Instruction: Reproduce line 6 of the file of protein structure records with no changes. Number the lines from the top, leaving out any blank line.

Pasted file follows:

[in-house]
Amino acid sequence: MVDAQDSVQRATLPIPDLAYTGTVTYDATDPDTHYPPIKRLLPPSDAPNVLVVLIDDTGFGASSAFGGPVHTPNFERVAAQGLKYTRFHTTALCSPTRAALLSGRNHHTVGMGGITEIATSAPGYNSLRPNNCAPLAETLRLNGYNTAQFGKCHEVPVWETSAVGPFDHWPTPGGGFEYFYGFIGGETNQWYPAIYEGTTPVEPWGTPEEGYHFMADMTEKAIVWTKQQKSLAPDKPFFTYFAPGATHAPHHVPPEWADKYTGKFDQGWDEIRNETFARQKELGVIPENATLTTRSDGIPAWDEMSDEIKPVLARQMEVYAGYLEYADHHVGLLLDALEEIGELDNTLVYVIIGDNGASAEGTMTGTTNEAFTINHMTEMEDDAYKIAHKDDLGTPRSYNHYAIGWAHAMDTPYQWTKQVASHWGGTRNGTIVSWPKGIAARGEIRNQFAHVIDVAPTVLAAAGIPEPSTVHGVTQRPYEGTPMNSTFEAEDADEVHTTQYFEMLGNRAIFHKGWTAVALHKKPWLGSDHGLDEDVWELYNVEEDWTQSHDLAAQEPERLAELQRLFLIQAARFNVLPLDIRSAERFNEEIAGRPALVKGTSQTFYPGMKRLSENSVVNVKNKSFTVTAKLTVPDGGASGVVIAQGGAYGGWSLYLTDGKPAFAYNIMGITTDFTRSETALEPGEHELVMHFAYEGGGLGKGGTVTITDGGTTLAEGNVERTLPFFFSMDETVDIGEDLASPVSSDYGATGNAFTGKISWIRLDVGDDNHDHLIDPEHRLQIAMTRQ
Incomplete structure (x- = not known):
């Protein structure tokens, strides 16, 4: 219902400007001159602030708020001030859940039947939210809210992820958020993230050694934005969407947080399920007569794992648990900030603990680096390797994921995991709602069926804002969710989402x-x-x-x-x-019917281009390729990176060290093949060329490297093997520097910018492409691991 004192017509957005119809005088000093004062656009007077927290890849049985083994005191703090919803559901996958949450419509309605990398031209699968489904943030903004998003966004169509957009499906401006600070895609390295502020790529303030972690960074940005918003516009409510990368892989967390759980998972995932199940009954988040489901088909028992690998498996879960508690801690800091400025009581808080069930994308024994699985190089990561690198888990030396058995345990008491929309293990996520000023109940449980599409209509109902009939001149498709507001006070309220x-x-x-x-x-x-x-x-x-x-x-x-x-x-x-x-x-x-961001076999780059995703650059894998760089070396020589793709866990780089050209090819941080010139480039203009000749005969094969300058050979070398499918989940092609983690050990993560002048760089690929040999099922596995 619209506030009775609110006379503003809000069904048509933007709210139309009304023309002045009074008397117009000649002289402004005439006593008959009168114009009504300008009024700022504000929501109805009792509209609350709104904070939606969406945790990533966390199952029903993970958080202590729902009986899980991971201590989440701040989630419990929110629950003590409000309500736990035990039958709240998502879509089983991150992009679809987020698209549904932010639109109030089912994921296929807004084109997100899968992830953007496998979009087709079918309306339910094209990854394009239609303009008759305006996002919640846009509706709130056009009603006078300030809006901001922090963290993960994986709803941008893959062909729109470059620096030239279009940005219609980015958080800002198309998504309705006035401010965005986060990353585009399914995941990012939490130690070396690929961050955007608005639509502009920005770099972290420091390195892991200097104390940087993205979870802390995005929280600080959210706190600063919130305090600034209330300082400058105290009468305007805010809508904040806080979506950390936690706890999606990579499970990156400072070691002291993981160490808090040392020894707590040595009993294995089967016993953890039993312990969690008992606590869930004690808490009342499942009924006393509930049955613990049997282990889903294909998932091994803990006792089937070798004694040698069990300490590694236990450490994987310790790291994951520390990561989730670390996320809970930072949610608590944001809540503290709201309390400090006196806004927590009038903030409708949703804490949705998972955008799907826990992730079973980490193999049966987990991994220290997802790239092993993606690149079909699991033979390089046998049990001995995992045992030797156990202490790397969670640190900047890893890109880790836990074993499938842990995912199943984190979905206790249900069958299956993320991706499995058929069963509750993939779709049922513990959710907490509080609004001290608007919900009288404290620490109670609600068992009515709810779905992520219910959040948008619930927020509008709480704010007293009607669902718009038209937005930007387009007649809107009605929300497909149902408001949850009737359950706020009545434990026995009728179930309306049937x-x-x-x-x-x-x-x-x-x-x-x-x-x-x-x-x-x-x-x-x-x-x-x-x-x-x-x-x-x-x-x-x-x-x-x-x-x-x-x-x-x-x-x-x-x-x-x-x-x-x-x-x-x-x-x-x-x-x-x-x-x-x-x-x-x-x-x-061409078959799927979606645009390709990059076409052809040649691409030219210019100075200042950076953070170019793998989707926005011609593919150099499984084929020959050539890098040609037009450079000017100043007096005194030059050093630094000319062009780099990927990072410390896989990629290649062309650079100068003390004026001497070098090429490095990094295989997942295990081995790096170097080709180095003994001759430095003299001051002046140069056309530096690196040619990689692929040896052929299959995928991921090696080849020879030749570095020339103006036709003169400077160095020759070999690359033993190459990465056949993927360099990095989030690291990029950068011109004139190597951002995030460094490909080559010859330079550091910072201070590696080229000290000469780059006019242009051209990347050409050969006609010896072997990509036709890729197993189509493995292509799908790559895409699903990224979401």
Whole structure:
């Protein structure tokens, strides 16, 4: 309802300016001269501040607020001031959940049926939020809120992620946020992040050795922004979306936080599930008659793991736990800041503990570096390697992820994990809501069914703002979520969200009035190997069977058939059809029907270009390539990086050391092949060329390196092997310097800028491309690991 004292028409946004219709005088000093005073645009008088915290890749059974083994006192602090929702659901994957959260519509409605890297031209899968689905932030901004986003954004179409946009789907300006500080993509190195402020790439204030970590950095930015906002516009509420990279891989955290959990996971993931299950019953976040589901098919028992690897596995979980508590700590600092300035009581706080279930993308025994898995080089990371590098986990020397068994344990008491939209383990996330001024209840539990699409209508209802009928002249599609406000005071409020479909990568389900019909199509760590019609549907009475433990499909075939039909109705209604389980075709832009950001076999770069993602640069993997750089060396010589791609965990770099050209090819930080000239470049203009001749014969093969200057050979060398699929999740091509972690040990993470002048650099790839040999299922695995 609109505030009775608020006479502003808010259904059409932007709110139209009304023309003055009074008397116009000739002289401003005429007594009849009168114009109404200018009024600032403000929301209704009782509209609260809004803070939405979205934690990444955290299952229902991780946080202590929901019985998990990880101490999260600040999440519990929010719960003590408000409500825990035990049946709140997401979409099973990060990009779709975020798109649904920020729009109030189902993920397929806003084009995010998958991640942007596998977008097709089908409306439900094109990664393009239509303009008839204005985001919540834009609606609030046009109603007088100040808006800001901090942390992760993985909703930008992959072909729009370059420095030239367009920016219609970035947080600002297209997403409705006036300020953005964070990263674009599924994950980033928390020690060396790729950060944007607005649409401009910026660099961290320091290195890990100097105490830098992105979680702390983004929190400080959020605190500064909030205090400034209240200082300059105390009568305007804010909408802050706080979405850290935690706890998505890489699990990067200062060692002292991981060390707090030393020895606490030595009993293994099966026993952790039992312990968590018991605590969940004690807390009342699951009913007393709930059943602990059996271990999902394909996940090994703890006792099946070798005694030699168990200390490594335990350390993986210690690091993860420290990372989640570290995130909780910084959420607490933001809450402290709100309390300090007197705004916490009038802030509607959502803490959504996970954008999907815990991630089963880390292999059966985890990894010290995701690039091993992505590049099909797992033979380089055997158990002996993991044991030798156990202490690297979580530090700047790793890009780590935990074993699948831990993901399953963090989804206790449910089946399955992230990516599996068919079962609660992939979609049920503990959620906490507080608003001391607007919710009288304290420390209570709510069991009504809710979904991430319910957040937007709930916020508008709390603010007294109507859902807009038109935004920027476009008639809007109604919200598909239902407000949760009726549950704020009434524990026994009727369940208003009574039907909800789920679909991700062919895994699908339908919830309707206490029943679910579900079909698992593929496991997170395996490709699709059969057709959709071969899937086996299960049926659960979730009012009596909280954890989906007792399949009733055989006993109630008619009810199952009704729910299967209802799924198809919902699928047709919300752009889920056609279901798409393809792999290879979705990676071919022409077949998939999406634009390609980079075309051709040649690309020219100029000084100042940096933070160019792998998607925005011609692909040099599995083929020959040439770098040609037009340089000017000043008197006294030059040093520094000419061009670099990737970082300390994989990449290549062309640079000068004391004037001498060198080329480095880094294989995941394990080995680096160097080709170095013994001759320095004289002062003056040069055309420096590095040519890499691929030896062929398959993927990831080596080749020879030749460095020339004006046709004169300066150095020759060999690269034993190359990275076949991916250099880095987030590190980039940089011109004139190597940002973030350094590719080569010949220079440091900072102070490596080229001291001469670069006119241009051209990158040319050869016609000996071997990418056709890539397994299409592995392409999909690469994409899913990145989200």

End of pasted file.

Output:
């Protein structure tokens, strides 16, 4: 309802300016001269501040607020001031959940049926939020809120992620946020992040050795922004979306936080599930008659793991736990800041503990570096390697992820994990809501069914703002979520969200009035190997069977058939059809029907270009390539990086050391092949060329390196092997310097800028491309690991 004292028409946004219709005088000093005073645009008088915290890749059974083994006192602090929702659901994957959260519509409605890297031209899968689905932030901004986003954004179409946009789907300006500080993509190195402020790439204030970590950095930015906002516009509420990279891989955290959990996971993931299950019953976040589901098919028992690897596995979980508590700590600092300035009581706080279930993308025994898995080089990371590098986990020397068994344990008491939209383990996330001024209840539990699409209508209802009928002249599609406000005071409020479909990568389900019909199509760590019609549907009475433990499909075939039909109705209604389980075709832009950001076999770069993602640069993997750089060396010589791609965990770099050209090819930080000239470049203009001749014969093969200057050979060398699929999740091509972690040990993470002048650099790839040999299922695995 609109505030009775608020006479502003808010259904059409932007709110139209009304023309003055009074008397116009000739002289401003005429007594009849009168114009109404200018009024600032403000929301209704009782509209609260809004803070939405979205934690990444955290299952229902991780946080202590929901019985998990990880101490999260600040999440519990929010719960003590408000409500825990035990049946709140997401979409099973990060990009779709975020798109649904920020729009109030189902993920397929806003084009995010998958991640942007596998977008097709089908409306439900094109990664393009239509303009008839204005985001919540834009609606609030046009109603007088100040808006800001901090942390992760993985909703930008992959072909729009370059420095030239367009920016219609970035947080600002297209997403409705006036300020953005964070990263674009599924994950980033928390020690060396790729950060944007607005649409401009910026660099961290320091290195890990100097105490830098992105979680702390983004929190400080959020605190500064909030205090400034209240200082300059105390009568305007804010909408802050706080979405850290935690706890998505890489699990990067200062060692002292991981060390707090030393020895606490030595009993293994099966026993952790039992312990968590018991605590969940004690807390009342699951009913007393709930059943602990059996271990999902394909996940090994703890006792099946070798005694030699168990200390490594335990350390993986210690690091993860420290990372989640570290995130909780910084959420607490933001809450402290709100309390300090007197705004916490009038802030509607959502803490959504996970954008999907815990991630089963880390292999059966985890990894010290995701690039091993992505590049099909797992033979380089055997158990002996993991044991030798156990202490690297979580530090700047790793890009780590935990074993699948831990993901399953963090989804206790449910089946399955992230990516599996068919079962609660992939979609049920503990959620906490507080608003001391607007919710009288304290420390209570709510069991009504809710979904991430319910957040937007709930916020508008709390603010007294109507859902807009038109935004920027476009008639809007109604919200598909239902407000949760009726549950704020009434524990026994009727369940208003009574039907909800789920679909991700062919895994699908339908919830309707206490029943679910579900079909698992593929496991997170395996490709699709059969057709959709071969899937086996299960049926659960979730009012009596909280954890989906007792399949009733055989006993109630008619009810199952009704729910299967209802799924198809919902699928047709919300752009889920056609279901798409393809792999290879979705990676071919022409077949998939999406634009390609980079075309051709040649690309020219100029000084100042940096933070160019792998998607925005011609692909040099599995083929020959040439770098040609037009340089000017000043008197006294030059040093520094000419061009670099990737970082300390994989990449290549062309640079000068004391004037001498060198080329480095880094294989995941394990080995680096160097080709170095013994001759320095004289002062003056040069055309420096590095040519890499691929030896062929398959993927990831080596080749020879030749460095020339004006046709004169300066150095020759060999690269034993190359990275076949991916250099880095987030590190980039940089011109004139190597940002973030350094590719080569010949220079440091900072102070490596080229001291001469670069006119241009051209990158040319050869016609000996071997990418056709890539397994299409592995392409999909690469994409899913990145989200």